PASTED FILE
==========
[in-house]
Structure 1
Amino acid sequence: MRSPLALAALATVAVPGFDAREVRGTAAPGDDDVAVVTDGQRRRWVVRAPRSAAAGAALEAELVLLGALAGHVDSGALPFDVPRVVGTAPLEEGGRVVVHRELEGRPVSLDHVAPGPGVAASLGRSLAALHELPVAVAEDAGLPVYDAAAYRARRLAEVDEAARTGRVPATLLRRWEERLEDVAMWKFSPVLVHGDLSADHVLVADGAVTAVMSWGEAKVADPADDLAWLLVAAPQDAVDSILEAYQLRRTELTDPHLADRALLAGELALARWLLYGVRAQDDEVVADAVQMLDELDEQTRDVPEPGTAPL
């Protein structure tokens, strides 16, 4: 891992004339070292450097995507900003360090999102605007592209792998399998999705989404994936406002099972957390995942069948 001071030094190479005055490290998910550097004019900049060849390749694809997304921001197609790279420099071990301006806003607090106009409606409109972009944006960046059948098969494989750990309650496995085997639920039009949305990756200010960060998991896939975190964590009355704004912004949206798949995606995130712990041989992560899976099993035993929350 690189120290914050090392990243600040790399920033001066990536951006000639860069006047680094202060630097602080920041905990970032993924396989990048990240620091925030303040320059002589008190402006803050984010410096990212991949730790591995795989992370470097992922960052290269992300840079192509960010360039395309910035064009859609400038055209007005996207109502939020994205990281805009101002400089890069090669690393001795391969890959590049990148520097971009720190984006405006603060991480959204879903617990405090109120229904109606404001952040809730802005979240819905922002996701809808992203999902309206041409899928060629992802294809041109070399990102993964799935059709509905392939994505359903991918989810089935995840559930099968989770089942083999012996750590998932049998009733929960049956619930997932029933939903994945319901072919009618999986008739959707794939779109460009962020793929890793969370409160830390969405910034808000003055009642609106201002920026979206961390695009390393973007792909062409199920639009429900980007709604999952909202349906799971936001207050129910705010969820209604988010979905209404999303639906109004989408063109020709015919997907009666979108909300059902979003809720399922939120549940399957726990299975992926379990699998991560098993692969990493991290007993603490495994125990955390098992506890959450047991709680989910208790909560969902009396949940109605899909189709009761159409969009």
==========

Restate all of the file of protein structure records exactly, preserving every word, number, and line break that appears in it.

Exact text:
[in-house]
Structure 1
Amino acid sequence: MRSPLALAALATVAVPGFDAREVRGTAAPGDDDVAVVTDGQRRRWVVRAPRSAAAGAALEAELVLLGALAGHVDSGALPFDVPRVVGTAPLEEGGRVVVHRELEGRPVSLDHVAPGPGVAASLGRSLAALHELPVAVAEDAGLPVYDAAAYRARRLAEVDEAARTGRVPATLLRRWEERLEDVAMWKFSPVLVHGDLSADHVLVADGAVTAVMSWGEAKVADPADDLAWLLVAAPQDAVDSILEAYQLRRTELTDPHLADRALLAGELALARWLLYGVRAQDDEVVADAVQMLDELDEQTRDVPEPGTAPL
């Protein structure tokens, strides 16, 4: 891992004339070292450097995507900003360090999102605007592209792998399998999705989404994936406002099972957390995942069948 001071030094190479005055490290998910550097004019900049060849390749694809997304921001197609790279420099071990301006806003607090106009409606409109972009944006960046059948098969494989750990309650496995085997639920039009949305990756200010960060998991896939975190964590009355704004912004949206798949995606995130712990041989992560899976099993035993929350 690189120290914050090392990243600040790399920033001066990536951006000639860069006047680094202060630097602080920041905990970032993924396989990048990240620091925030303040320059002589008190402006803050984010410096990212991949730790591995795989992370470097992922960052290269992300840079192509960010360039395309910035064009859609400038055209007005996207109502939020994205990281805009101002400089890069090669690393001795391969890959590049990148520097971009720190984006405006603060991480959204879903617990405090109120229904109606404001952040809730802005979240819905922002996701809808992203999902309206041409899928060629992802294809041109070399990102993964799935059709509905392939994505359903991918989810089935995840559930099968989770089942083999012996750590998932049998009733929960049956619930997932029933939903994945319901072919009618999986008739959707794939779109460009962020793929890793969370409160830390969405910034808000003055009642609106201002920026979206961390695009390393973007792909062409199920639009429900980007709604999952909202349906799971936001207050129910705010969820209604988010979905209404999303639906109004989408063109020709015919997907009666979108909300059902979003809720399922939120549940399957726990299975992926379990699998991560098993692969990493991290007993603490495994125990955390098992506890959450047991709680989910208790909560969902009396949940109605899909189709009761159409969009």